Over the past 18 months we have found that the bias in the media has become more and more pronounced.  Whilst there is expected to be party political affiliations and general theoretical leanings, the media has failed to ask fundamental questions and has omitted from reporting things that it could not criticise (such as numerous marches and movements against austerity).

Russell Brand asked the question (over the Scottish referendum), “how is a democracy supposed to function, without access to accurate and unbiased information?”  

The answer is, of course, that it isn’t supposed to.

“As long as the general population is passive, apathetic, diverted to consumerism or hatred of the vulnerable, the the powerful can do as they please, and those who survive will be left to contemplate the outcome.”

Noam Chomsky

Noam Chomsky Image:

The focus of this Real Media Series is to highlight not only the day to day litany of offences against honesty and accuracy that the mass media commit, but to reveal the fundamental systemic purpose of distraction and indoctrination that the media fulfils.

As such there is no better place to start than the Propaganda Model as put forward by Edward S. Herman and Noam Chomsky.

The model shows how the media operate on a very narrow range of topics, to give the impression of freedom of expression and public debate – whilst specific values are reinforced and other very fundamental questions are ignored.

“The Mass Media serves as a system for communicating messages and symbols to the general populace.  It is their function to… inculcate individuals with the values, beliefs and codes of behaviour that will integrate them into the institutional structures of larger society.”

Manufacturing Consent

Those institutional structures are ones of work for others (wage slavery), obedience to the state (patriotism), and the general maintenance of a system that keeps a particular elite in power (rich, white men largely)

“… the media serve the interests of state and corporate power, which are closely interlinked, framing their reporting and analysis in a manner supportive of established privilege and limiting debate and discussion accordingly.”

Manufacturing Consent




To put this more bluntly

“Any dictator would admire the uniformity and obedience of the (U.S.) media.”

Manufacturing Consent

Whilst Chomsky’s analysis is of the US media, it can be easily transferred to any media system in the Global North, especially the UK, where so much of the media is either in the hands of Rupert Murdoch, or the Government (the BBC).

“The rascal multitude are the proper targets of the mass media and a public education system geared to obedience and training in needed skills, including the skill of repeating patriotic slogans on timely occasions.”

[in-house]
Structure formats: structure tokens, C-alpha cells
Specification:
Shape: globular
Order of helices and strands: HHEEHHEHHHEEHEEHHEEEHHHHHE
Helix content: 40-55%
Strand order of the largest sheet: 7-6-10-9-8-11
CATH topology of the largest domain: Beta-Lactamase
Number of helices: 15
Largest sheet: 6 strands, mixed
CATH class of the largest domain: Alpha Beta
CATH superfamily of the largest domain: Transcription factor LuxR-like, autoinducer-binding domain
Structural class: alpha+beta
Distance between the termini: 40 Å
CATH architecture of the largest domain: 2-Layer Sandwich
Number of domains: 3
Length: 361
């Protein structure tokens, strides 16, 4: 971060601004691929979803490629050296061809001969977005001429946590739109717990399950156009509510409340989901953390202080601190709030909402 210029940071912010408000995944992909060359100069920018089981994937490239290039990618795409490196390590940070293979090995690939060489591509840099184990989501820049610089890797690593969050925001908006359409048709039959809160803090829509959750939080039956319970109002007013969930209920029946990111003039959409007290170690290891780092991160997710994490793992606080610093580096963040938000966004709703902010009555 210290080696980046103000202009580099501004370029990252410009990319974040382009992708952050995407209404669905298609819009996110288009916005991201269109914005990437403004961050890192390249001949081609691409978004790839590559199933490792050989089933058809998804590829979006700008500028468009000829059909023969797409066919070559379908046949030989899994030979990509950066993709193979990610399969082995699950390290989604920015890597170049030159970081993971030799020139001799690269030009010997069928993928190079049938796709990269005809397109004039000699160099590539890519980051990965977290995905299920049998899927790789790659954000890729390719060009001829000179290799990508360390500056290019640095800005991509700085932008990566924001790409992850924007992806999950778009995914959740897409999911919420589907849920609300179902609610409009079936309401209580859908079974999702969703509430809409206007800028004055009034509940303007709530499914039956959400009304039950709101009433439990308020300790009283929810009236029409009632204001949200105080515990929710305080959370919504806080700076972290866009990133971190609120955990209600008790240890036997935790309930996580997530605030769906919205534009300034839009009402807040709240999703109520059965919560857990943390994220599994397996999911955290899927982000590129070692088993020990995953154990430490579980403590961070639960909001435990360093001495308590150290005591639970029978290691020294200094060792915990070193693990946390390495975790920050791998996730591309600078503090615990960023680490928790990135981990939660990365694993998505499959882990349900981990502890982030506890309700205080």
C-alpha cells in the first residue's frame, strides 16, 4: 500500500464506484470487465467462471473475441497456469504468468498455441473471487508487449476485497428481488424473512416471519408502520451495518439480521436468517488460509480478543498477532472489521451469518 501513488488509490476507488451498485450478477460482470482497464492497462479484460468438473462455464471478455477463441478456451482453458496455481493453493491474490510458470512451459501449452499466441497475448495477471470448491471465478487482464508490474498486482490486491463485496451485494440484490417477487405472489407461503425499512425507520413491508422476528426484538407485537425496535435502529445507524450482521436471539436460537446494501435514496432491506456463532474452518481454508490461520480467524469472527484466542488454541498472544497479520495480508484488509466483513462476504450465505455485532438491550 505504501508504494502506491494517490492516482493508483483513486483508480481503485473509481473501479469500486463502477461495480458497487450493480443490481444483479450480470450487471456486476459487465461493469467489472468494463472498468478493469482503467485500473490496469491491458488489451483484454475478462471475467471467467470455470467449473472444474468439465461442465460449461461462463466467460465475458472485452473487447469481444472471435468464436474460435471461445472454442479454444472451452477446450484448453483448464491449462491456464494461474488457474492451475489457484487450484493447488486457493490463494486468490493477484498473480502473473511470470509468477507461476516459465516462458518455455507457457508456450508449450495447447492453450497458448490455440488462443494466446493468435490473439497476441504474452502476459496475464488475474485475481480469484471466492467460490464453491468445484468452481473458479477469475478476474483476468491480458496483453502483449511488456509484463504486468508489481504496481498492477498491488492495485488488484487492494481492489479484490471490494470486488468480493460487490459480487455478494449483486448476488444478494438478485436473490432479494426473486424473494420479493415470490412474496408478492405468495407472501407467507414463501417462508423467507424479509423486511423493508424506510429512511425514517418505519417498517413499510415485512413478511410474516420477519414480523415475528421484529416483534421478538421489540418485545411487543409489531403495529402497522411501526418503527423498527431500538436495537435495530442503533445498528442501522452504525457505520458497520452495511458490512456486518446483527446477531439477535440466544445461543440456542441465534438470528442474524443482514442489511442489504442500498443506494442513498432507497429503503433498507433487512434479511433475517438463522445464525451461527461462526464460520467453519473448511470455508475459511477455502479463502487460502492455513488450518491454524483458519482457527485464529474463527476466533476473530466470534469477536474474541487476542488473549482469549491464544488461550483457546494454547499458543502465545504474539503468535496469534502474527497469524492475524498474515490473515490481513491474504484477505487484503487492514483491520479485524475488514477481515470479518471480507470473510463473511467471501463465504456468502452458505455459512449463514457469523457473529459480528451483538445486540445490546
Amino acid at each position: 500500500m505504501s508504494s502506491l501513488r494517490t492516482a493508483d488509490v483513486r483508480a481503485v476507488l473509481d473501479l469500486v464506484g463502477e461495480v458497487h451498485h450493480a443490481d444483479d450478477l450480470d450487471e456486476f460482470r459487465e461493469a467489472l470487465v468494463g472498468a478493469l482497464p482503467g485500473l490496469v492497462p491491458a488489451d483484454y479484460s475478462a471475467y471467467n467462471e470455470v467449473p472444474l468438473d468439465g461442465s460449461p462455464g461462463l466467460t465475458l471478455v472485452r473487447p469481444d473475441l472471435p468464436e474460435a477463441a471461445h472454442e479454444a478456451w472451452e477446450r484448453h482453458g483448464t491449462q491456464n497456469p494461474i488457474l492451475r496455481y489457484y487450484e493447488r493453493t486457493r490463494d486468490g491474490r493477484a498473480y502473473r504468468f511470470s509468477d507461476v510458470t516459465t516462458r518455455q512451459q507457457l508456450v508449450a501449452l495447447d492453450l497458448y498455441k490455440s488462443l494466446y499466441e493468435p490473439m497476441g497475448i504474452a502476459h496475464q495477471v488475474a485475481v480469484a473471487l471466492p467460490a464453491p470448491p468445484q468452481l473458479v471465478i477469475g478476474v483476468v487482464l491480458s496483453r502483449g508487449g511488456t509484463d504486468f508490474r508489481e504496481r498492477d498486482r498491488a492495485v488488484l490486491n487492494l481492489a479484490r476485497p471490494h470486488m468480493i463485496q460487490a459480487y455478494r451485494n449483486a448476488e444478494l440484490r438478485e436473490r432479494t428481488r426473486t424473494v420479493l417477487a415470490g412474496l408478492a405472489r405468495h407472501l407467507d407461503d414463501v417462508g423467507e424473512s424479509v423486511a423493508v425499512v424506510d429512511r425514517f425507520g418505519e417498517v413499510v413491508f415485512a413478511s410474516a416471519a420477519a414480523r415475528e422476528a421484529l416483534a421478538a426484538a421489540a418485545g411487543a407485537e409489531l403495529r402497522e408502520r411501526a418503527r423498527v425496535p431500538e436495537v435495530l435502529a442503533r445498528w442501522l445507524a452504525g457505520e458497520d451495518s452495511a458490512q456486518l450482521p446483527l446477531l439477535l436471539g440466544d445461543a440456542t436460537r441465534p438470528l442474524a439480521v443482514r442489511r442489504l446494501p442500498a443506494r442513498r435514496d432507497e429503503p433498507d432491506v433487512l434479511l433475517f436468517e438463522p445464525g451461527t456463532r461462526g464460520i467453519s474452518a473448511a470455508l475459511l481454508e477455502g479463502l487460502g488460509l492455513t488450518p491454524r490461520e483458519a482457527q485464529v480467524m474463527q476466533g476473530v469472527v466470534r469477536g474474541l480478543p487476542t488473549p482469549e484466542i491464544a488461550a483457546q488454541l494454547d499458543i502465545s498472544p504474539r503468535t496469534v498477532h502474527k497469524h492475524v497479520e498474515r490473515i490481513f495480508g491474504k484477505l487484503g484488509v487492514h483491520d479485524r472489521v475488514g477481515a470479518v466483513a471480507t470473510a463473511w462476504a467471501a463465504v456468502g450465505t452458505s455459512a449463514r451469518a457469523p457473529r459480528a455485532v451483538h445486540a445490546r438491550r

Manufacturing Consent

We can see this in the case of the war on ISIS, and in the case ‘English Rights for English citizens’ narratives post Scottish independence referendum.  The media repeat a story – often press released by a PR department – and have a very limited debate on it.


“The smart way to keep people passive and obedient is to strictly limit the spectrum of acceptable opinion, but allow very lively debate within that spectrum – even encourage the more critical and dissident views. That gives people the sense that there’s free thinking going on, while all the time the presuppositions of the system are being reinforced by the limits put on the range of the debate.”

Manufacturing Consent

We are going to explore these false debates and the limited range of discussion over the course of this series – especially in relation to UK foreign policy, but also over the neoliberal compact (i.e. the programs austerity and the redistribution of wealth to the richest) and what that means for us.

We live in a society where division and greed are encouraged, where blame is laid at the door of the (largely) blameless poor rather than the rich, where violence is waged upon others in our name without our consent and without reason.

How is this achieved without widespread dissent?


“As long as people are marginalized and distracted [they] have no way to organize or articulate their sentiments, or even know that others have these sentiments. People assume that they are the only people with a crazy idea in their heads. They never hear it from anywhere else. Since there’s no way to get together with other people who share or reinforce that view and help you articulate it, you feel like an oddity, an oddball. So you just stay on the side and you don’t pay any attention to what’s going on. You look at something else, like the Superbowl.”

Manufacturing Consent

There are two important things to note, mind. One is that this doesn’t mean that situation is hopeless; there are many cracks in the system by which free thought and expression can find a voice.

“If you assume that there is no hope, you guarantee that there will be no hope. If you assume that there is an instinct for freedom, that there are opportunities to change things, etc., then there’s a chance to contribute to the making of a better world. That’s your choice.”

Manufacturing Consent

Secondly, this system is not formed by a conspiracy.  There are not men in a back room with top hats and cigars planning to keep people as subdued as possible (though I am sure that goes on somewhere as well).

This is a system that we all buy into, to whatever extent, and repeat.  The theory states that there are 5 lenses that create this narrowed range of debate, and this focus on division, fear and hate.